06 September 2011

Brit Think-Tank Looking Forward

British think-tank RUSI has some interesting thoughts on "The End of Twentieth-Century Warfare".

The great power wars of the twenty-first century will be fought by special forces: specialised in combat against pirates, terrorists and global criminal networks; in focused search and rescue and search and destroy missions; and in civilian protection units capable of disabling but not destroying an enemy. They will be fought by cyber-warriors, skilled in manipulating unmanned weapons and in deterring and responding to system-wide cyber-attacks. And they will be fought in multilateral coalitions aimed at stopping the wars that criminal governments wage against their own people and bringing individual leaders and their coterie of high-level supporters to justice.

Many readers will shake their heads and think how short is historical memory. 'Never again' has as little impact on the decisions to mobilise armies as it does on the decisions to stop genocide. Reasons always exist to send in the troops; it is just that war-weary, broke, frustrated Americans confronted with their crumbling domestic human and physical infrastructure have temporarily forgotten or forsworn them. Perhaps. But as two American military officers argue compellingly in a twenty-first­ century sequel to George Kennan's 'Long Telegram' (the X article), the world's greatest military power, near the height of its military dominance, is confronting a world in which control is giving way to credible influence (Mr Y, 'A National Strategic Narrative', 2011). No country, however mighty, can direct or determine global outcomes (it never could, but the illusion was good enough for government work). The best it can hope reflections on the 9/11 decade for is to influence others - governments and societies alike - in shaping events and adapting to a continuous stream of changing challenges. In this world we will not 'win wars'. We will have an assortment of civilian and military tools to increase our chances of turning looming bad outcomes into good - or at least better - outcomes.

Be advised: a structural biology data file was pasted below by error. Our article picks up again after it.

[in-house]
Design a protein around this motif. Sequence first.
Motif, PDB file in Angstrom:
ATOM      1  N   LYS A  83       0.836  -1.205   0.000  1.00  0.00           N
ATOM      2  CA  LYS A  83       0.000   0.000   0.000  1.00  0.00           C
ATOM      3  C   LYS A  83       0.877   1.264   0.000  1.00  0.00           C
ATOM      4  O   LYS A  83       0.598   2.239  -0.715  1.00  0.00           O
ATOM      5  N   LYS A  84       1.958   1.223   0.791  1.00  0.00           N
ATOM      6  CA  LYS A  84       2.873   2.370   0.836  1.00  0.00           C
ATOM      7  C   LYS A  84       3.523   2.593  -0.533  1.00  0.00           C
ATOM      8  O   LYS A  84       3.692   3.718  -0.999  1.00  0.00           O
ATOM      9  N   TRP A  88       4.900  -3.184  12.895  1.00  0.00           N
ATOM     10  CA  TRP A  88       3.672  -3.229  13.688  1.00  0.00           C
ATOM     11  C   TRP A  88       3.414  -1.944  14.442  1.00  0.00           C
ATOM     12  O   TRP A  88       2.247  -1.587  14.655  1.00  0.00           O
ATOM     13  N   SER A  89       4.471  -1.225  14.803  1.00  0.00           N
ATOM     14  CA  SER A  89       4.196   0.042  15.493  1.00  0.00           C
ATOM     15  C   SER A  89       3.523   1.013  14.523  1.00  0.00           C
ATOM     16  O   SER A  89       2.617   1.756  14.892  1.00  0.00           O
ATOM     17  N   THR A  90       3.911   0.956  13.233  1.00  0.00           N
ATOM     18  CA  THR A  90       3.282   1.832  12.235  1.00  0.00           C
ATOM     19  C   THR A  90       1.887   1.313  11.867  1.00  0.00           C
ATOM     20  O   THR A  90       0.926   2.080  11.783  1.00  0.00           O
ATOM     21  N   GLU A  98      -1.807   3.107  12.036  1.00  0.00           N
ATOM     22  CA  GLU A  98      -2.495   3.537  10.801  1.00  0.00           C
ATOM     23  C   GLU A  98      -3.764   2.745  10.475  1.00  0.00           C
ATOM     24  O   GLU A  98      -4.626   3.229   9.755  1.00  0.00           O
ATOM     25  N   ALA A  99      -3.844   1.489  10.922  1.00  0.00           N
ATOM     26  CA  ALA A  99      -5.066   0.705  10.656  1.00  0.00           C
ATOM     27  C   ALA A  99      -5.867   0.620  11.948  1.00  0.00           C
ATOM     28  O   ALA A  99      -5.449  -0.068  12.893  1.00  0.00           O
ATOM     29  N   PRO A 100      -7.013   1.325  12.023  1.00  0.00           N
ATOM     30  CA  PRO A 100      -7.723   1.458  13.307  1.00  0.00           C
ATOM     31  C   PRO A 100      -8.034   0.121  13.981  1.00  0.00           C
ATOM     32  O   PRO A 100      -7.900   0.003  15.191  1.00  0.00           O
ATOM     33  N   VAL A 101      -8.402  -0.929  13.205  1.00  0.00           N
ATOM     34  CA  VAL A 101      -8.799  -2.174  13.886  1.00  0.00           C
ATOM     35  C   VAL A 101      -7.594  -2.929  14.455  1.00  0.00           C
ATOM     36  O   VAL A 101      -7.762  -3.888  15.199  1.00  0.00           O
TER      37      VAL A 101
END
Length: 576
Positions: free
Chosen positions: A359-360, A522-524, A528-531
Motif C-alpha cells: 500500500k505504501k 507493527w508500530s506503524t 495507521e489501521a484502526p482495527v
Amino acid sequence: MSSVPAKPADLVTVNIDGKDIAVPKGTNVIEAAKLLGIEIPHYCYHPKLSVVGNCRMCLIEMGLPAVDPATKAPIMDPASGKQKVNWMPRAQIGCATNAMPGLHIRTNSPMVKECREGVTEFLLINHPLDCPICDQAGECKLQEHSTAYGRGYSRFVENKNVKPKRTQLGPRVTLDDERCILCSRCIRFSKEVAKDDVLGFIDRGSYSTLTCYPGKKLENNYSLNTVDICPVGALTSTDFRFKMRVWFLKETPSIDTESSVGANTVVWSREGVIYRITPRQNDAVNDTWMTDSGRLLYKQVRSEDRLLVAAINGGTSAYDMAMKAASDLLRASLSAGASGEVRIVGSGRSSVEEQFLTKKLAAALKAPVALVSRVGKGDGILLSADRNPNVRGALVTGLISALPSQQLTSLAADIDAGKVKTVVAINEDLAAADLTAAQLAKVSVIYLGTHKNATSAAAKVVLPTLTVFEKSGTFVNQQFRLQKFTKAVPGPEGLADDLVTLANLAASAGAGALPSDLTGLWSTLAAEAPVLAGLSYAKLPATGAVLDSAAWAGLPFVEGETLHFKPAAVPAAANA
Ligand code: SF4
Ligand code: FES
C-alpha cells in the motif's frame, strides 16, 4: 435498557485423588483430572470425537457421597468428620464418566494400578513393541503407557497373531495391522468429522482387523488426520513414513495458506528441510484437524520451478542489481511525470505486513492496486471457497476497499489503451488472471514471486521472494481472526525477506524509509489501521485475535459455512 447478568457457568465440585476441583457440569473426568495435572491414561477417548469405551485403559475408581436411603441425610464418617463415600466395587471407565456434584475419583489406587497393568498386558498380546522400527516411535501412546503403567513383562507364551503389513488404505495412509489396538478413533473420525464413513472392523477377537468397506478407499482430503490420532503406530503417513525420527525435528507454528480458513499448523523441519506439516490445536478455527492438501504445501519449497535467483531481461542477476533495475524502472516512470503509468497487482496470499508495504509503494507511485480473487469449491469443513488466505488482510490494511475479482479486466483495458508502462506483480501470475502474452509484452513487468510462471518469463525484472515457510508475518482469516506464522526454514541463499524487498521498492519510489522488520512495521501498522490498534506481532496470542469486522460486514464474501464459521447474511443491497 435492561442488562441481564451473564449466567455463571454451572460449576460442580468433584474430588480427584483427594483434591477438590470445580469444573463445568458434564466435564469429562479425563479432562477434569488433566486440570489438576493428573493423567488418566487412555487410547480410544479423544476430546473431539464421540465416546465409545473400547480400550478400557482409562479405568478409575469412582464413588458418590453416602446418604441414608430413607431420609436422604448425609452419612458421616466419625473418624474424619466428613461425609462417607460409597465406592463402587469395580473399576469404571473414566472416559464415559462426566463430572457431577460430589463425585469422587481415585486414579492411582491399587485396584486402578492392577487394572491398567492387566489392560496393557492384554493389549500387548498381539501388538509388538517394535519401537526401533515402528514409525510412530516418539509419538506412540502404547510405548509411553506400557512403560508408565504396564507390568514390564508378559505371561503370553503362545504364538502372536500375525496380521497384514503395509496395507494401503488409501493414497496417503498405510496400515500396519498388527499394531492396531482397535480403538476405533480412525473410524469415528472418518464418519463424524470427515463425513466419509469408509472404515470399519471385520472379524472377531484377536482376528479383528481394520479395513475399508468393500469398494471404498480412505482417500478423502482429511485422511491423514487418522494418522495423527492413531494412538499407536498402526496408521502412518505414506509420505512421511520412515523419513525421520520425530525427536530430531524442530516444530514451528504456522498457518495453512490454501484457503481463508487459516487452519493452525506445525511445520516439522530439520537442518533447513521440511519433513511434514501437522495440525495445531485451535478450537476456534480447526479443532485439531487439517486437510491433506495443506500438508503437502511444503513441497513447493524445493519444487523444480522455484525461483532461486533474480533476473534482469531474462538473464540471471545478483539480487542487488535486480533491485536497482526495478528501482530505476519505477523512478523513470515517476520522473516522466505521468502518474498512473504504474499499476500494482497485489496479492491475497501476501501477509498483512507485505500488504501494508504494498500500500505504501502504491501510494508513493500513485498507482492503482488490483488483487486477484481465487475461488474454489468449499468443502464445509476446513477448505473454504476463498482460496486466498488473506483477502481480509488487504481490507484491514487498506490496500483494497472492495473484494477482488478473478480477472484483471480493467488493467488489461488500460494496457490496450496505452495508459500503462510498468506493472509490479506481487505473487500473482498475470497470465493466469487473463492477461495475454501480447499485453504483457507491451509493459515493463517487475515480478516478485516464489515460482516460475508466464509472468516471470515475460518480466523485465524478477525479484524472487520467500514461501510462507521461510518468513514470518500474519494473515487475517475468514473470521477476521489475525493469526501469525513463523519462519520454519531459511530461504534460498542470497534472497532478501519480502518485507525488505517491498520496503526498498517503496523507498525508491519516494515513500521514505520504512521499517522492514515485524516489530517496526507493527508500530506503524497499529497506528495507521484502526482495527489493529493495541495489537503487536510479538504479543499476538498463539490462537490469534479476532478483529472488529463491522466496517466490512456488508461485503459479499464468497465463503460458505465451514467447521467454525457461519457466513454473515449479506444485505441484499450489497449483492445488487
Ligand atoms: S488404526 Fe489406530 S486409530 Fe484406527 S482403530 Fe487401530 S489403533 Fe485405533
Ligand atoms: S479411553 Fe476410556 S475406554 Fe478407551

By: Brant

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